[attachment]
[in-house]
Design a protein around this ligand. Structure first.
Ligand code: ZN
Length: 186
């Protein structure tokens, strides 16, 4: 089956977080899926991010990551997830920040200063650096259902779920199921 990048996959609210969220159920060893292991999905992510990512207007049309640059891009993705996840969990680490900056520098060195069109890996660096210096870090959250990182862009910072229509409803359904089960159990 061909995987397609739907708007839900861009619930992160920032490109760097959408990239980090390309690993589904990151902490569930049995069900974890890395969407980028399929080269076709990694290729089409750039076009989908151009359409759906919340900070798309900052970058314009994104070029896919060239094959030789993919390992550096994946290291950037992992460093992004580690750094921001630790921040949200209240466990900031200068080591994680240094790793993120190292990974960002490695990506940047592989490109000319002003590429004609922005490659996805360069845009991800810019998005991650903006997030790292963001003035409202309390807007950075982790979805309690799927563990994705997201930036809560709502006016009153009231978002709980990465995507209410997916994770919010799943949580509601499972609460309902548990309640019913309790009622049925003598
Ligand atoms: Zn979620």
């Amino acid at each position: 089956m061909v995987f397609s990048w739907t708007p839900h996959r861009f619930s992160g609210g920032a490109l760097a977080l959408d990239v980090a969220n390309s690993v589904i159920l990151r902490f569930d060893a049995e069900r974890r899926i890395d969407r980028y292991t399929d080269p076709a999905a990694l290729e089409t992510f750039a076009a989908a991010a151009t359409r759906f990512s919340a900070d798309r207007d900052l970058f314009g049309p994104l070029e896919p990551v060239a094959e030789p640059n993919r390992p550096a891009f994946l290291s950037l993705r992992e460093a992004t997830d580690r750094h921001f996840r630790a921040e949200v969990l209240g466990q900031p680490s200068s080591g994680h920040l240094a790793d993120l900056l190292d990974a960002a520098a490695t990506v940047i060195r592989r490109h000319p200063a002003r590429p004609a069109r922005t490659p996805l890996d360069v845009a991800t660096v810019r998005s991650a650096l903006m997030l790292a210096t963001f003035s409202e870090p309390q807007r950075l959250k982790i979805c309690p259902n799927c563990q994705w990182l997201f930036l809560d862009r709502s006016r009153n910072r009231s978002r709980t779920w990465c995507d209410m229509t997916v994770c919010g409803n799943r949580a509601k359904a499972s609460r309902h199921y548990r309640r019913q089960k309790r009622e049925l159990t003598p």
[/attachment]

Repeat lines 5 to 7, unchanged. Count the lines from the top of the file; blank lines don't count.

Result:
């Protein structure tokens, strides 16, 4: 089956977080899926991010990551997830920040200063650096259902779920199921 990048996959609210969220159920060893292991999905992510990512207007049309640059891009993705996840969990680490900056520098060195069109890996660096210096870090959250990182862009910072229509409803359904089960159990 061909995987397609739907708007839900861009619930992160920032490109760097959408990239980090390309690993589904990151902490569930049995069900974890890395969407980028399929080269076709990694290729089409750039076009989908151009359409759906919340900070798309900052970058314009994104070029896919060239094959030789993919390992550096994946290291950037992992460093992004580690750094921001630790921040949200209240466990900031200068080591994680240094790793993120190292990974960002490695990506940047592989490109000319002003590429004609922005490659996805360069845009991800810019998005991650903006997030790292963001003035409202309390807007950075982790979805309690799927563990994705997201930036809560709502006016009153009231978002709980990465995507209410997916994770919010799943949580509601499972609460309902548990309640019913309790009622049925003598
Ligand atoms: Zn979620």
């Amino acid at each position: 089956m061909v995987f397609s990048w739907t708007p839900h996959r861009f619930s992160g609210g920032a490109l760097a977080l959408d990239v980090a969220n390309s690993v589904i159920l990151r902490f569930d060893a049995e069900r974890r899926i890395d969407r980028y292991t399929d080269p076709a999905a990694l290729e089409t992510f750039a076009a989908a991010a151009t359409r759906f990512s919340a900070d798309r207007d900052l970058f314009g049309p994104l070029e896919p990551v060239a094959e030789p640059n993919r390992p550096a891009f994946l290291s950037l993705r992992e460093a992004t997830d580690r750094h921001f996840r630790a921040e949200v969990l209240g466990q900031p680490s200068s080591g994680h920040l240094a790793d993120l900056l190292d990974a960002a520098a490695t990506v940047i060195r592989r490109h000319p200063a002003r590429p004609a069109r922005t490659p996805l890996d360069v845009a991800t660096v810019r998005s991650a650096l903006m997030l790292a210096t963001f003035s409202e870090p309390q807007r950075l959250k982790i979805c309690p259902n799927c563990q994705w990182l997201f930036l809560d862009r709502s006016r009153n910072r009231s978002r709980t779920w990465c995507d209410m229509t997916v994770c919010g409803n799943r949580a509601k359904a499972s609460r309902h199921y548990r309640r019913q089960k309790r009622e049925l159990t003598p």